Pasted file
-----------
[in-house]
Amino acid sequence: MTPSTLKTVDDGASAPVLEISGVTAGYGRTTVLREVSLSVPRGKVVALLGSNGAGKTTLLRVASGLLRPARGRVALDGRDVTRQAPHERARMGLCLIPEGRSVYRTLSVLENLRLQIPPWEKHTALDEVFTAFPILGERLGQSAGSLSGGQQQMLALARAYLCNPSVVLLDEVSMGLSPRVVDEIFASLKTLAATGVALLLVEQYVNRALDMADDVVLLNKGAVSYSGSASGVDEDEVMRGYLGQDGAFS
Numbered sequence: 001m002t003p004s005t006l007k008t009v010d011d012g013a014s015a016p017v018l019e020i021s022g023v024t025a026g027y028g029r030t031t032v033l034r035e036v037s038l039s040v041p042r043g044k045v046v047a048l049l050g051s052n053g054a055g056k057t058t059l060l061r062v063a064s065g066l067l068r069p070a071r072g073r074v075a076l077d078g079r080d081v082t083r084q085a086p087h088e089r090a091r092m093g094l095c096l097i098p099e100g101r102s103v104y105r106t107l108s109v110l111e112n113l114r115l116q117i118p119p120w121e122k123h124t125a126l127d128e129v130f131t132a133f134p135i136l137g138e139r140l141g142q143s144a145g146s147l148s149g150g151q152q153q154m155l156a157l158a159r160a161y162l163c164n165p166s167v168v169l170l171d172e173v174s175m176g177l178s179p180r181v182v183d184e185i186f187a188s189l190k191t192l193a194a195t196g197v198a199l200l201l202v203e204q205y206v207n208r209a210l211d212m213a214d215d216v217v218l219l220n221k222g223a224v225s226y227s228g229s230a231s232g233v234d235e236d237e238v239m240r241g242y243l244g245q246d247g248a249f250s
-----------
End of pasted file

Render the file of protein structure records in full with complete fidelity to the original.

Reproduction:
[in-house]
Amino acid sequence: MTPSTLKTVDDGASAPVLEISGVTAGYGRTTVLREVSLSVPRGKVVALLGSNGAGKTTLLRVASGLLRPARGRVALDGRDVTRQAPHERARMGLCLIPEGRSVYRTLSVLENLRLQIPPWEKHTALDEVFTAFPILGERLGQSAGSLSGGQQQMLALARAYLCNPSVVLLDEVSMGLSPRVVDEIFASLKTLAATGVALLLVEQYVNRALDMADDVVLLNKGAVSYSGSASGVDEDEVMRGYLGQDGAFS
Numbered sequence: 001m002t003p004s005t006l007k008t009v010d011d012g013a014s015a016p017v018l019e020i021s022g023v024t025a026g027y028g029r030t031t032v033l034r035e036v037s038l039s040v041p042r043g044k045v046v047a048l049l050g051s052n053g054a055g056k057t058t059l060l061r062v063a064s065g066l067l068r069p070a071r072g073r074v075a076l077d078g079r080d081v082t083r084q085a086p087h088e089r090a091r092m093g094l095c096l097i098p099e100g101r102s103v104y105r106t107l108s109v110l111e112n113l114r115l116q117i118p119p120w121e122k123h124t125a126l127d128e129v130f131t132a133f134p135i136l137g138e139r140l141g142q143s144a145g146s147l148s149g150g151q152q153q154m155l156a157l158a159r160a161y162l163c164n165p166s167v168v169l170l171d172e173v174s175m176g177l178s179p180r181v182v183d184e185i186f187a188s189l190k191t192l193a194a195t196g197v198a199l200l201l202v203e204q205y206v207n208r209a210l211d212m213a214d215d216v217v218l219l220n221k222g223a224v225s226y227s228g229s230a231s232g233v234d235e236d237e238v239m240r241g242y243l244g245q246d247g248a249f250s